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Nitrogen depositions increase soil respiration and decrease temperature sensitivity in a Moso bamboo forest
- Li, Quan, Song, Xinzhang, Chang, Scott X., Peng, Changhui, Xiao, Wenfa, Zhang, Junbo, Xiang, Wenhua, Li, Yan, Wang, Weifeng
- Agricultural and forest meteorology 2019 v.268 pp. 48-54
- Phyllostachys edulis, air temperature, carbon dioxide, field experimentation, forests, microbial biomass, microbial carbon, models, nitrates, nitrogen, prediction, soil microorganisms, soil respiration, soil temperature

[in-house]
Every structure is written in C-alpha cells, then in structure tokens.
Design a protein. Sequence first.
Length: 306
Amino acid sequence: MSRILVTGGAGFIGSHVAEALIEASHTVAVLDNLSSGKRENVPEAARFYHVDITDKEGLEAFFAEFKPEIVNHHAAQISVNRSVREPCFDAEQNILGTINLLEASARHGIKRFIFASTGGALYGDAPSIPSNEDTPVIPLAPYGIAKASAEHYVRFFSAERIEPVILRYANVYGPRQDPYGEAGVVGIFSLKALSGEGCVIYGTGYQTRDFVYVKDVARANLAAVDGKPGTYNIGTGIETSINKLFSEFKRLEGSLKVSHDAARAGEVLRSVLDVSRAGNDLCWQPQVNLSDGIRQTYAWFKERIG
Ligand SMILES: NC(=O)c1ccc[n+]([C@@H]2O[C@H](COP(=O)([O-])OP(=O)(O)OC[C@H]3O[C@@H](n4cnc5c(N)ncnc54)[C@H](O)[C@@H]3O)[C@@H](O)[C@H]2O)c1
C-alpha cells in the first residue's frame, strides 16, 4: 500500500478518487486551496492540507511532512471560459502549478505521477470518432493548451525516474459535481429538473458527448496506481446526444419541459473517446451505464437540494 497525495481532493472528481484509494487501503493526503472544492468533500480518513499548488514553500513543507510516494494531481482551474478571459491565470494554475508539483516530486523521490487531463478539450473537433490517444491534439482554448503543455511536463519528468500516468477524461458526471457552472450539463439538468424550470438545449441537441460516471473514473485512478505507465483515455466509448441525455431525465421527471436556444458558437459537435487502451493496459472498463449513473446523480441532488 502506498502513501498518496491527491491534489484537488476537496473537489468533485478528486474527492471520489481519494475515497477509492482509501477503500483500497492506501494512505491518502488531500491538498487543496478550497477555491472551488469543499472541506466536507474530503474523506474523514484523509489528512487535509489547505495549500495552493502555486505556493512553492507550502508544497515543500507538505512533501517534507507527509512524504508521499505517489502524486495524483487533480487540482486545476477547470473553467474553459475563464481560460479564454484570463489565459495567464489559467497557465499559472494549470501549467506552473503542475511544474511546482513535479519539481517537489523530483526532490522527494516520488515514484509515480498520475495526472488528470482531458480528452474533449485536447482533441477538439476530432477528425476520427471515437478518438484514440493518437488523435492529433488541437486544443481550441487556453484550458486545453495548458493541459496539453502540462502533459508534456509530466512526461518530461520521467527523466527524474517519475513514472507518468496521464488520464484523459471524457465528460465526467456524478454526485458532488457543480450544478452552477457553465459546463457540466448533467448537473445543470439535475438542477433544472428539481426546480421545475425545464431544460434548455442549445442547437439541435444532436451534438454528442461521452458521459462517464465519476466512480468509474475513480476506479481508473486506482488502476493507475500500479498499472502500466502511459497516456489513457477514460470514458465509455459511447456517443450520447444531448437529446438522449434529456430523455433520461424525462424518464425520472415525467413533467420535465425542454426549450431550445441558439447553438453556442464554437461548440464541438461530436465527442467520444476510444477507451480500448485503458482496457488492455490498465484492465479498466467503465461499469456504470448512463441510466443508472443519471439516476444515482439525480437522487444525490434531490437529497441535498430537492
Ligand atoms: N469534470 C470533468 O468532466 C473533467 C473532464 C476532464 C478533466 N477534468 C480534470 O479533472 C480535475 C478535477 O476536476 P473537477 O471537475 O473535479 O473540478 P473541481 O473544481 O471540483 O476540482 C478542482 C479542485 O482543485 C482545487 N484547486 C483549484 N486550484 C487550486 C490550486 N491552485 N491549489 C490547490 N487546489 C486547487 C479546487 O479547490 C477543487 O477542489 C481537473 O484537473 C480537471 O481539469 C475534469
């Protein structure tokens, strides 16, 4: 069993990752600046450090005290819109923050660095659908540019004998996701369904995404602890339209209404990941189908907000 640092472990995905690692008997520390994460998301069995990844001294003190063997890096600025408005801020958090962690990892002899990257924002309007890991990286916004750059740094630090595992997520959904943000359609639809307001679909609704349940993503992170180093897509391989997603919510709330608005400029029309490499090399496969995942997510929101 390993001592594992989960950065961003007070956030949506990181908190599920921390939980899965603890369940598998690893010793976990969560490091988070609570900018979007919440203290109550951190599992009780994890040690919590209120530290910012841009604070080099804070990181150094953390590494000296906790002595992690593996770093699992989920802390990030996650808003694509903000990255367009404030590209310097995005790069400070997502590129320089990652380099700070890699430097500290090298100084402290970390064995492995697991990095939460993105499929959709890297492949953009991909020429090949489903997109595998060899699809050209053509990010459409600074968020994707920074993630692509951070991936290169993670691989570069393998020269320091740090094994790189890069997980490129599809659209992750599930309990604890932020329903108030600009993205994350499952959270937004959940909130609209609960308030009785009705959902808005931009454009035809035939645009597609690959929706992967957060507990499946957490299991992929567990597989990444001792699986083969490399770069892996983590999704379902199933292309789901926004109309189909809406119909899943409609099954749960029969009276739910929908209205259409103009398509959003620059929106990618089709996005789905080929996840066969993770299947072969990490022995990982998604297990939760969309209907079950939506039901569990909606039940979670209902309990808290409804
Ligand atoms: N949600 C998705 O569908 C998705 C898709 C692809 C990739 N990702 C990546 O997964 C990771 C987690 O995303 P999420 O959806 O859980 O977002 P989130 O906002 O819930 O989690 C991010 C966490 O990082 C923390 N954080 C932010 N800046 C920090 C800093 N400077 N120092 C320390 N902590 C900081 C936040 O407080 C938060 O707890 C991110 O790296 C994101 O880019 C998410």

- Nitrogen (N) deposition plays an important role in regulating forest productivity and microbial biomass and activities, ultimately influencing soil respiration (Rs). However, the effects of increasing atmospheric N depositions on Rs in subtropical Moso bamboo forests remain poorly understood. Here, we conducted a 4-year field experiment in a subtropical Moso bamboo forest to quantify the effect of simulated N depositions at four rates (0, 30, 60 and 90 kg N ha−1 yr-1) on Rs. The mean Rs rate of the control was 353.17 ± 53.23 mg CO2 m-2 h-1 or 30.75 ± 2.38 t CO2 ha-1 yr-1. Soil respiration showed significantly higher sensitivity (Q10) to soil temperature than to air temperature, and the Rs rate was significantly positively related to soil microbial biomass carbon, soil temperature, and NO3-. In response to N addition treatments of 30, 60, and 90 kg N ha-1 yr-1, the mean annual Rs increased by approximately 45.7%, 37.7%, and 13.0%, respectively, compared with the control. Nitrogen depositions decreased the temperature sensitivity of Rs, leading to predictions that they may be able to mitigate the priming effects of future climate warmings on Rs in Moso bamboo forests in the coming decades. Combined models based on the significant relationships between Rs rates, daily mean air temperatures, and hourly soil temperatures at a depth of 5 cm may reliably and feasibly estimate annual soil CO2 efflux. On average, soil emitted 470 kg CO2 ha-1 yr-1 per 1 kg N ha-1 yr-1 added, which declined when N addition surpassed the N saturation threshold of 60 kg N ha-1 yr-1. Our findings provide a method for estimating annual soil CO2 efflux and new insights into the effects of N deposition rates on soil CO2 efflux in Moso bamboo forests.